Daring Women

Celebrating Differences

By Rob Smith April 1, 2021


As a Native Hawaiian/Chinese woman, Leslie Cherry realizes how important it is to use her platform as a leader to inspire clients, colleagues and the community at large. Cherry, Bank of America’s Pacific Northwest consumer market leader, is co-chair of the bank’s Native American Professional Network (NAPN) for the Pacific Northwest and was recently selected to head NAPN Enterprise as a regional leader. NAPN helps aid in the recruitment, retention and career development of Native Americans, Native Hawaiians and Alaskan Natives. NAPN also provides a stage for addressing business and cultural concerns.


Good leaders practice self-awareness to recognize the influence they have on others. They elevate and support those around them by providing encouragement, especially for underrepresented groups. It’s important to know who you are trying to reach and make sure you meet them where they are. A leader is flexible and multifaceted, recognizing that no two situations are the same. In order to inspire others to get outside their comfort zones, you must have been there yourself. I want my team to know I am right there with them, elbows deep in the trenches. This not only builds trust but allows them to try new things in a safe and supportive space. As a leader, you are a model for others.


As a woman, the biggest barrier I faced was understanding my worth. From when we are little girls to grown adults, women are often positioned in a way of playing catch-up to men. You “run like a girl” implies running like a boy is the right way. As a society, we need to take a step back and change how we speak to and about women. We are tenacious, resilient and strong. In a male-dominated industry, it can feel like you constantly have something to prove when you should unapologetically be yourself. That’s something I’ve learned in my work experience and something I strive to share with others.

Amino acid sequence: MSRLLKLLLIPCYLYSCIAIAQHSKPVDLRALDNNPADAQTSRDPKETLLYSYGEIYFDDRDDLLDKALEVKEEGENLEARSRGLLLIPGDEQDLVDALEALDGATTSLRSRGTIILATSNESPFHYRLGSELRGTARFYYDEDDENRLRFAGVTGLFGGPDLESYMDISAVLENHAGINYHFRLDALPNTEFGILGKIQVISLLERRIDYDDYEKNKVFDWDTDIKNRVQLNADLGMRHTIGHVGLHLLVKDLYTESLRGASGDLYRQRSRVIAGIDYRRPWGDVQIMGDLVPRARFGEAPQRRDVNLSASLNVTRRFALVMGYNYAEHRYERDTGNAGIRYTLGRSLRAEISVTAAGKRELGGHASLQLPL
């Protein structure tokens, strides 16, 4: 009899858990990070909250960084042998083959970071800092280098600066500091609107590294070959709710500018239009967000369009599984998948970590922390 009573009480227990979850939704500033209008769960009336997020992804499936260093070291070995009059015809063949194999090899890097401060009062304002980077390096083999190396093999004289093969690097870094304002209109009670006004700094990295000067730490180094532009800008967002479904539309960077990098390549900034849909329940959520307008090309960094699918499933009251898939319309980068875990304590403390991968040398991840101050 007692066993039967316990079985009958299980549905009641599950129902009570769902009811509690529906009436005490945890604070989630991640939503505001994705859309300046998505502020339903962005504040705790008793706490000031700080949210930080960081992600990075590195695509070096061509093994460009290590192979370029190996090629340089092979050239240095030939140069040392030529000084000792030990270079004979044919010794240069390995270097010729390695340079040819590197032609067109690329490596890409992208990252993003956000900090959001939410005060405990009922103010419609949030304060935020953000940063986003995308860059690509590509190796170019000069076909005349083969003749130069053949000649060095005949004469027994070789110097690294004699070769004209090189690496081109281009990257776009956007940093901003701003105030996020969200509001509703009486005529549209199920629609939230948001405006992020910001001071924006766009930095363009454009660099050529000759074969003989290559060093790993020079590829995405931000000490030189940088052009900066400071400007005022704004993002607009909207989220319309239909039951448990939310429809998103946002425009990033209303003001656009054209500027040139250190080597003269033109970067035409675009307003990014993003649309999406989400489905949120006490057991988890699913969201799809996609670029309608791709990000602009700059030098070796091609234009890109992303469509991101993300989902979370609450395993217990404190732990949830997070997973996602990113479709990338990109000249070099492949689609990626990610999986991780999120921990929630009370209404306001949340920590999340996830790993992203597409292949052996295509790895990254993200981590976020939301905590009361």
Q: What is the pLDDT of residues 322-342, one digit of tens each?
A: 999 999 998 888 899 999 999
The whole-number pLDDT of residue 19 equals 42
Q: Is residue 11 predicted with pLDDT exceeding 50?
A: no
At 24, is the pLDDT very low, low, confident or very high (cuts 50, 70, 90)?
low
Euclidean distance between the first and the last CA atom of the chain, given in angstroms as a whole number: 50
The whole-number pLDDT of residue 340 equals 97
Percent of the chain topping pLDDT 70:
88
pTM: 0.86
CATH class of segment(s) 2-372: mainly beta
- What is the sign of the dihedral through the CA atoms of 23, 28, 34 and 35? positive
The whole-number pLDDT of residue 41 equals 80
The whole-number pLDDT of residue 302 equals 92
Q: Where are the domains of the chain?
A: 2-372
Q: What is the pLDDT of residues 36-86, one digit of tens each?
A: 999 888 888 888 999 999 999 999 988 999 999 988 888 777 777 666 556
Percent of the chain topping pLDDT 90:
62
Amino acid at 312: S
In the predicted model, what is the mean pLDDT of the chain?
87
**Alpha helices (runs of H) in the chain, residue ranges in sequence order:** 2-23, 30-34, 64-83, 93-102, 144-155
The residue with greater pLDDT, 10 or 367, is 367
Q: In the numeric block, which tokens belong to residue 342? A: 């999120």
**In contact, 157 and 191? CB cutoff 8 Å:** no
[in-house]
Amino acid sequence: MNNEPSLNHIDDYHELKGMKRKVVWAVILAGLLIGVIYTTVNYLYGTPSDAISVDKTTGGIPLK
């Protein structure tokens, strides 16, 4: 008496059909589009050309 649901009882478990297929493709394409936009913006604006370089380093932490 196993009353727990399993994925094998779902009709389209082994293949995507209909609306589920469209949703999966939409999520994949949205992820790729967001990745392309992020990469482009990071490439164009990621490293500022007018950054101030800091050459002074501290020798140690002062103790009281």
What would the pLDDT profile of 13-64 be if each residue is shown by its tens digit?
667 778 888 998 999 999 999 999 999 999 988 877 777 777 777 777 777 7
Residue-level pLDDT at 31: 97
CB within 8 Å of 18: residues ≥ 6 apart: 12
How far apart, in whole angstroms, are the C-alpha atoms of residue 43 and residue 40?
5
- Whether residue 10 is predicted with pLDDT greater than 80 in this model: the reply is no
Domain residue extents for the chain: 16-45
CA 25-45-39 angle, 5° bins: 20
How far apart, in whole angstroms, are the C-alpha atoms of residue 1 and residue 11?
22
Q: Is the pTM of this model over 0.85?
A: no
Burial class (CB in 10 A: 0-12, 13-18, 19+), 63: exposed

As much progress as has been made to uplift women in the workplace, there’s still a long way to go. It’s important for emerging female leaders to practice resiliency and confidence. There are roles out there for us and we need to have the courage to go for them. I’ll admit I was fearful when Covid-19 began that women would be forced to take two steps back. All the progress and momentum we’ve accomplished would be minimized due to schools shutting down, offices closing and more. I was pleasantly surprised at the immediate changes companies enacted.

Lessons Learned

I’ve learned so many important lessons from several women throughout the years. I think there’s something gained from every interaction. One small but simple takeaway I learned from a former boss was not to apologize for convenience. Even as working women, there are expectations that we run the household – cooking, cleaning, grocery shopping, etc. It’s okay to take a “short cut.” Sign up for a meal preparation service. Hire a cleaning company. Get your groceries delivered. Ultimately, using these resources will allow you more time for yourself and family to do activities that you enjoy. 


Throughout life, you will have different experiences, careers, relationships and more. Through it all, it’s important to uphold your vision and purpose. They will undoubtedly change and adapt as you do, but it helps to have a reference point. Don’t change who you are for anyone or any job. Embrace yourself.


I highly encourage networking with individuals who look different from you or have different life experiences. You may learn something you never expected. For me personally, networking is the basis for everything I do, especially in recruitment and mentorship. Any time I meet someone new, I take a mental note and remember them down the road. Oftentimes you share commonalities with the people you meet, so networking builds a sense of connection and camaraderie. 

Do Differently

There’s not a lot I’d do differently if I had to do it over. The only thing I wish I would have done sooner is to take advantage of furthering my education through the bank’s program. It’s something I encourage others to do but realized I hadn’t done it myself. Currently, I am in the process of obtaining recertification in Japanese and Arabic. 


On a typical Saturday afternoon, you will find me spending time with family and friends in Lynden or playing competitive softball. In the summer, I love taking my Harley-Davidson out with my husband and doing the South Cascade Loop. It’s stunning. 

Autobiography Title

“Fueling Passion.”

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